We’ve updated this buying guide with new selections for 2015. Our picks from previous years can still be found on the next page.

The Global Fat Bike Summit reported that fat bike sales doubled from 2011 to 2012, then doubled again from 2012 to 2013. The category is growing, and the ease with which the oversized tires float over sand, snow and technical rock sections is to thank. The fat bike story began in 1987, when Simon Rakower, the technical support lead for the Iditasport (then called the Iditabike), a 160-mile bike race across Alaska, created his own solution for the race that allowed participants to float across the snow: he made extra-wide rims by welding two rims together and cutting out the middle ridge, resulting in a product that was 44mm wide. In 2005, Minnesota-based Surly launched the first “official” fat bike called the the Pugsley. Today, options abound. Whether you’re looking for something to ride casually through the winter months or a race monster, we’ve got five bikes to cover your needs.

Additional reporting by AJ Powell.

Borealis Crestone XX1


Best All Around: Colorado-based Borealis makes some of the best fatbikes on the market. Their Crestone, kitted with top-of-the-line XX1 groupset, is poised to take riders wherever they desire from sand to snow to mud. Its carbon frame is stiff and lightweight while the Rockshox Bluto fork provides enough suspension travel to inspire confidence when sending it over larger obstacles.

Salsa Bucksaw Carbon XO1


Best Trail-Ready: After the success of the Bucksaw, Salsa introduced the Bucksaw Carbon. The carbon version is stiffer, lighter and quicker than the regular Bucksaw, with all of the same trail ripping benefits — full suspension, increased rolling power and increased contact patch area. It also comes kitted with Sram XO1 drivetrain for the best shifting possible.

Specialized S-Works Fatboy


Best Race-Ready: The Specialized S-Works Fatboy is the carbon 29er race machine of the fat bike world. After taking a hard look at the Fatboy, Specialized said, “Okay, where else can we add carbon?” And add carbon they did. Almost every part on the S-Works Fatboy is made from carbon, including the 85mm-wide HED Big Deal wheels. If you want the fastest possible fat bike on the market, look no further.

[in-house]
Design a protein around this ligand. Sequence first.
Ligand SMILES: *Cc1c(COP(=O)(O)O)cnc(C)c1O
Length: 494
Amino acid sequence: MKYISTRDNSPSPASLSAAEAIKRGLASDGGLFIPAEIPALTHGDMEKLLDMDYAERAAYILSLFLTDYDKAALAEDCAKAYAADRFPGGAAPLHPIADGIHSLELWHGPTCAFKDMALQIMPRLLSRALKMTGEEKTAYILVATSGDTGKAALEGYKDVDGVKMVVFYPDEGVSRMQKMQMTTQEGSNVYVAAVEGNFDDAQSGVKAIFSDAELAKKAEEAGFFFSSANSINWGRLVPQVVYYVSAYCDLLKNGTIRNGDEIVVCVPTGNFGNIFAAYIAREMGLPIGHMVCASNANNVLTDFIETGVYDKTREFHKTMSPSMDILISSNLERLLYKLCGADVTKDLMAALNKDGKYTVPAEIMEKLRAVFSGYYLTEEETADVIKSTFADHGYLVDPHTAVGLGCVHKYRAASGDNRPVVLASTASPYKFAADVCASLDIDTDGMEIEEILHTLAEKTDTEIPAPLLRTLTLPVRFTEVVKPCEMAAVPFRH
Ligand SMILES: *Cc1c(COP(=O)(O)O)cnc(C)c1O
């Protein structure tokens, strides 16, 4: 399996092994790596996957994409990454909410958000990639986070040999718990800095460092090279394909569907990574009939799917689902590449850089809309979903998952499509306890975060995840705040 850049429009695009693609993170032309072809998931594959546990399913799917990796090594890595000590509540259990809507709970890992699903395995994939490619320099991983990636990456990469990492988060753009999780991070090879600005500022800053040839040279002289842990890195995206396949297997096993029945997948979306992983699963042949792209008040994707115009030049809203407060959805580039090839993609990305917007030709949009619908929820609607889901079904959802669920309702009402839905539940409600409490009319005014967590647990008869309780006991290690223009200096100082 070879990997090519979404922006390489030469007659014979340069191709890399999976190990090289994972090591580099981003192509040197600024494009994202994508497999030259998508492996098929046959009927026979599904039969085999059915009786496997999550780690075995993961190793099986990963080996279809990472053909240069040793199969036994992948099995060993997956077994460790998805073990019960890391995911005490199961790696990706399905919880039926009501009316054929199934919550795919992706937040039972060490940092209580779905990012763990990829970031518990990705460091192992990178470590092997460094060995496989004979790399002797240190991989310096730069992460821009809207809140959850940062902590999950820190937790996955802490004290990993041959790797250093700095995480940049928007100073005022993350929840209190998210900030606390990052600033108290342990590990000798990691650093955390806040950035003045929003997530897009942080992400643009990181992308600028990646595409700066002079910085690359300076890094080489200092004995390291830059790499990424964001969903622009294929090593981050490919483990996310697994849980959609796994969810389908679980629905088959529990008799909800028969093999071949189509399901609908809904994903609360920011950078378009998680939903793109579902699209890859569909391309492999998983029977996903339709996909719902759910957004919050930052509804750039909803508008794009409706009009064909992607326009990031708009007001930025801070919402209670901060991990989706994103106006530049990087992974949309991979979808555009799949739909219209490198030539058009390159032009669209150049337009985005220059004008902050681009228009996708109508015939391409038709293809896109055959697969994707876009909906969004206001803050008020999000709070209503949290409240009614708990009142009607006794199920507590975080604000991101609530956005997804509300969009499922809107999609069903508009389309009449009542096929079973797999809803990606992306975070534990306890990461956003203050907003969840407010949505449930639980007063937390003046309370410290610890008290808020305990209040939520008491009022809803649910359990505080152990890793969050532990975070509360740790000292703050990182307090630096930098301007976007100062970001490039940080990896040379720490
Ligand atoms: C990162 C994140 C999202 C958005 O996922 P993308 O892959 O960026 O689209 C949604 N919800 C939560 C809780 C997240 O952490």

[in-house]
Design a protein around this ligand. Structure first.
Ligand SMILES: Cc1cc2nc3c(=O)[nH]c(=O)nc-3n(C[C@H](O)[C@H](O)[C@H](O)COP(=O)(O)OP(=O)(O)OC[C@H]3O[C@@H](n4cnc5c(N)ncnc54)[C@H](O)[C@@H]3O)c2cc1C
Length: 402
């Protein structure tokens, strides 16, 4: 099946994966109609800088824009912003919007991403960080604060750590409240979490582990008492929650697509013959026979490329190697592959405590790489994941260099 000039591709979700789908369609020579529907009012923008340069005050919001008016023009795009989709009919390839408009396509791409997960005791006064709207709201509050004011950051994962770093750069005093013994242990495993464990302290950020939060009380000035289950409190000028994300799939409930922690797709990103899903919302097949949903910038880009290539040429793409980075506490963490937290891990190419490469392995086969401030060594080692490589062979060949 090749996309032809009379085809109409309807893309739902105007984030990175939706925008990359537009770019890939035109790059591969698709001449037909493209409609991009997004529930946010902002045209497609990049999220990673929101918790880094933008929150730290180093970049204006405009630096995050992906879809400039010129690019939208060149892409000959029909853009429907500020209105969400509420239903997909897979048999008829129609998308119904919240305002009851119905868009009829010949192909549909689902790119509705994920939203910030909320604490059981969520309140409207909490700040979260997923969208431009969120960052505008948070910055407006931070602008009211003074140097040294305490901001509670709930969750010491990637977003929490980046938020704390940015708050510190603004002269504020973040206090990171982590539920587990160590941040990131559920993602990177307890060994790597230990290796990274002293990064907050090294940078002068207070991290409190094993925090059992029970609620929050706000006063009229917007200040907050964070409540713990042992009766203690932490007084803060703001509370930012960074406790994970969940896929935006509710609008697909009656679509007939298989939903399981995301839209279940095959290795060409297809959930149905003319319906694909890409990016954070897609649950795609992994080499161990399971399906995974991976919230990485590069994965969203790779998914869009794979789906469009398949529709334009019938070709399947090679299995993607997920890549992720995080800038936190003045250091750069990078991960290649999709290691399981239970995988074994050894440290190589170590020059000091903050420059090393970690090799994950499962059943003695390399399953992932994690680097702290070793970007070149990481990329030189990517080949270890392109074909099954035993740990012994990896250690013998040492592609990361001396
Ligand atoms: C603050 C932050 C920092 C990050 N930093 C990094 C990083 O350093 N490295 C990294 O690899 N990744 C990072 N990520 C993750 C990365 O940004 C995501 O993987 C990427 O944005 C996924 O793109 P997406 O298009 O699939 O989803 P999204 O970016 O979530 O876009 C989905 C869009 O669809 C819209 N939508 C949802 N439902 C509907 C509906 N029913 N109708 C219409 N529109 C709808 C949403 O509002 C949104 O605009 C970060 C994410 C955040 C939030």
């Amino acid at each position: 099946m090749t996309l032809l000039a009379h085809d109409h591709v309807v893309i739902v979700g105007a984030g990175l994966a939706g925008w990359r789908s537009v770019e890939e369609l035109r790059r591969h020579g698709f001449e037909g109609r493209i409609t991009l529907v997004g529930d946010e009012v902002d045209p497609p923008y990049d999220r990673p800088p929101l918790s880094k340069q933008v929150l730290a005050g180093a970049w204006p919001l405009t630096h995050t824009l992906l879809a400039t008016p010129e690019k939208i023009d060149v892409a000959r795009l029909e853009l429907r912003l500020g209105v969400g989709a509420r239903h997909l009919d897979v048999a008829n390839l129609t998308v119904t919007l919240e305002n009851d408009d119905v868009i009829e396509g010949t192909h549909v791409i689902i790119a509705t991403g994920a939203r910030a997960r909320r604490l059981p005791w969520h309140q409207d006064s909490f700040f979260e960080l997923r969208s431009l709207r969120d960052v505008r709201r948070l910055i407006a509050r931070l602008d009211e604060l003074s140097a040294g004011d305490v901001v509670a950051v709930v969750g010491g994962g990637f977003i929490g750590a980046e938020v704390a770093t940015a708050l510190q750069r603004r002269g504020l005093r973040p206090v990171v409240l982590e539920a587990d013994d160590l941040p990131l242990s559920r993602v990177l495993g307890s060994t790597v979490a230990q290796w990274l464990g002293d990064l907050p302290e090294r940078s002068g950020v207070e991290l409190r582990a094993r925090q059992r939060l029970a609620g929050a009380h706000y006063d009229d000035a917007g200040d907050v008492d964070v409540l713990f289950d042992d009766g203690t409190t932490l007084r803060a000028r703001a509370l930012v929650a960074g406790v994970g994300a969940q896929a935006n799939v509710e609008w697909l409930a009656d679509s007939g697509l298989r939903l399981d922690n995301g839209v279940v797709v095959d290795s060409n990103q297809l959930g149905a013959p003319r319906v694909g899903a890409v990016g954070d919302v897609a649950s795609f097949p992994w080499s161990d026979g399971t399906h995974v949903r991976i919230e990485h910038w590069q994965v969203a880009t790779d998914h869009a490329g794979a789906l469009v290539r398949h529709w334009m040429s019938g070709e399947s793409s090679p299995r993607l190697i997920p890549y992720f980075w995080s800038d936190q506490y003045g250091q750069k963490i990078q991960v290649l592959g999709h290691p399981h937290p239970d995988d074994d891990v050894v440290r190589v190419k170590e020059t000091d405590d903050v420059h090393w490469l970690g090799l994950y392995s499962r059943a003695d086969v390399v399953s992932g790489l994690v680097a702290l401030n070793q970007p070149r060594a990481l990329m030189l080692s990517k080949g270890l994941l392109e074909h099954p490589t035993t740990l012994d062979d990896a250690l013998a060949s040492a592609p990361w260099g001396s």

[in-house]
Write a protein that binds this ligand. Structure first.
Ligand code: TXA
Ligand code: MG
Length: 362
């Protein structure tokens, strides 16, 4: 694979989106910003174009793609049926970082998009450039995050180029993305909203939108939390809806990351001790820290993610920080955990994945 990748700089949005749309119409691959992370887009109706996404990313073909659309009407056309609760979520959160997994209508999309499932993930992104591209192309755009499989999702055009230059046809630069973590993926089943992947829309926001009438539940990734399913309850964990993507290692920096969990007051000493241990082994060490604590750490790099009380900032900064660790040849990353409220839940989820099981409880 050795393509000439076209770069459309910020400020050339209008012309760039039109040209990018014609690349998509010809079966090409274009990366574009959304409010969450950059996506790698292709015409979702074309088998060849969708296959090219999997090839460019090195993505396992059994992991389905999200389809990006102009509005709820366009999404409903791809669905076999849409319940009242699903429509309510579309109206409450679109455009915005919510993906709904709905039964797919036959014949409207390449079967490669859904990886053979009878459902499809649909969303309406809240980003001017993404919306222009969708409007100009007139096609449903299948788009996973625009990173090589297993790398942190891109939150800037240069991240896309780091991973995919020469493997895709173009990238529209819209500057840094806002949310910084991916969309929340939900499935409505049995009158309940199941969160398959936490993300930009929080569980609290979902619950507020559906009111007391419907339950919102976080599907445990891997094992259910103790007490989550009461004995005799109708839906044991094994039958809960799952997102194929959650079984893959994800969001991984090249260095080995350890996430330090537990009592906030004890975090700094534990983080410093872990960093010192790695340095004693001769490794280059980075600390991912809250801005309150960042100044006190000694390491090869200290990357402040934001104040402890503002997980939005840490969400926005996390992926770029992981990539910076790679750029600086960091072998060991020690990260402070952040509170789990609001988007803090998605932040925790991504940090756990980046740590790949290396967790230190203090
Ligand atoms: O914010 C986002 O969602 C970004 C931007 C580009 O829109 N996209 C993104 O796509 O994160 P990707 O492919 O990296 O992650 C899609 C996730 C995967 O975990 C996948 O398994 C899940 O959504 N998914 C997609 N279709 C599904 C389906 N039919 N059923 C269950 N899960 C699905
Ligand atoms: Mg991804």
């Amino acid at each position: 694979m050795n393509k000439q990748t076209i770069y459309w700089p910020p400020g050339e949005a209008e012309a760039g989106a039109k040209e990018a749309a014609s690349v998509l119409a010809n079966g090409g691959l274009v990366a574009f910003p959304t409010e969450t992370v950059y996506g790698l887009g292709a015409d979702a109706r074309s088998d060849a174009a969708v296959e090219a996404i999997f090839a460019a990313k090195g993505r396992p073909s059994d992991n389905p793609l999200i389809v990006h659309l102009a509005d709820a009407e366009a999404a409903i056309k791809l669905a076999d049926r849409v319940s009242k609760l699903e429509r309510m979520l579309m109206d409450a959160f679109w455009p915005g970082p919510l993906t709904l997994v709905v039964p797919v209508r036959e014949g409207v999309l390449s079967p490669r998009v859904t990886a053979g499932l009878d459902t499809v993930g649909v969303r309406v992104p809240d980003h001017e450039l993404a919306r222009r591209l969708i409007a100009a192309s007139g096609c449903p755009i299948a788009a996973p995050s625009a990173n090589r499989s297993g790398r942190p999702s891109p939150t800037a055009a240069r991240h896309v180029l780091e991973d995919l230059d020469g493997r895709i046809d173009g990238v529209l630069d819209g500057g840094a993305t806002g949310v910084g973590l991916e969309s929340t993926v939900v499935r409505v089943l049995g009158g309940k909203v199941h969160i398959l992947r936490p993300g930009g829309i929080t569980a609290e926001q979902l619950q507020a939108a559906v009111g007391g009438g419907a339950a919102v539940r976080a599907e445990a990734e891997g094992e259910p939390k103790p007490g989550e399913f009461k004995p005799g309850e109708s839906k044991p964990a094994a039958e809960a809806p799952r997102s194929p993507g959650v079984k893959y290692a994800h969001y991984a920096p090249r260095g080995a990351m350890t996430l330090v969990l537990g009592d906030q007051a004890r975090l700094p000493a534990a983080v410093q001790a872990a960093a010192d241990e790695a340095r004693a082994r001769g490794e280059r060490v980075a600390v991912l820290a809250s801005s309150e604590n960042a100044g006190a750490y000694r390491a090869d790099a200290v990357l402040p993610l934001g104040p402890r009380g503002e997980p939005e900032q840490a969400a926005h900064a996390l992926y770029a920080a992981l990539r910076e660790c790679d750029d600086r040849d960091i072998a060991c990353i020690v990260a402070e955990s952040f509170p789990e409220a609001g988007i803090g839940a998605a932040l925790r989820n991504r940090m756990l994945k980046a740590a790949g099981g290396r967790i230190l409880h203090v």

Carver Carbo’Beast


Most Customizable: Woolwich, Maine-based Carver Bikes makes a handful of frames, but none are more prominent than their Carbo’Beast. The Carbo’Beast is a carbon-framed, fully rigid behemoth designed to go fast over any surface. The matte black frame is stealthy and provides understated style. The best feature of the bike, however, is that it can be fully customized directly from Carver’s website. Want to run a Rohloff Speedhub with belt drive instead of a traditional gear system? No problem, the Carbo’Beast has an option for that.

Most Innovative Fatbike Fork


Lauf Carbonara Leaf Spring Suspension Fork: The Lauf Carbonara is one of the most innovative forks ever produced, but it draws on a technology that has been in use for decades. In lieu of an air- or spring-based suspension, the Carbonara utilizes a leaf suspension — which means that it has military-spec S2 glassfiber strips that flex and become stiffer the more they are compressed. It weighs in at just 2.4 pounds and provides 60mm of travel. That may not sound like a lot, but in combination with the plush ride provided by the fat tires, it’s more than enough.

Buy Now: $1,010

Moots Frosthammer


Best Titanium: The Moots Frosthammer is meticulously handmade in Colorado from titanium tubing. Its 26″ x 4.8″ wheels give you plenty of float for the snowy season as well as sand. As a bonus, the Frosthammer is capable of running a 29″ x 3.0″ wheel for added versatility.

Surly Ice Cream Truck


Best Adventure: From the makers of the first “official” fat bike comes the Ice Cream Truck. If there’s a saddle bag or bike pack out there, chances are the Ice Cream Truck has a mounting point for it. The Ice Cream Truck is also made from durable 4130 CroMoly steel that will stand up to years of off-road abuse. Paired with a Sram SLX drivetrain and Guide RS brakes, the parts spec leaves little to be desired.

Foes Mutz


Most Downhill Capable: The Foes Mutz is more than likely substantially more bike than you will ever need, but that doesn’t make it any less fun. With 5.5 inches of suspension travel on top of the plush ride already provided by the fat tires, you’d be hard pressed to find an obstacle that the Mutz can’t tackle. Though bombing a downhill trail on a fat bike at top speed sounds like the worst idea possible, the Mutz can handle it and will leave your jaw dropped with its capabilities.

Prev Page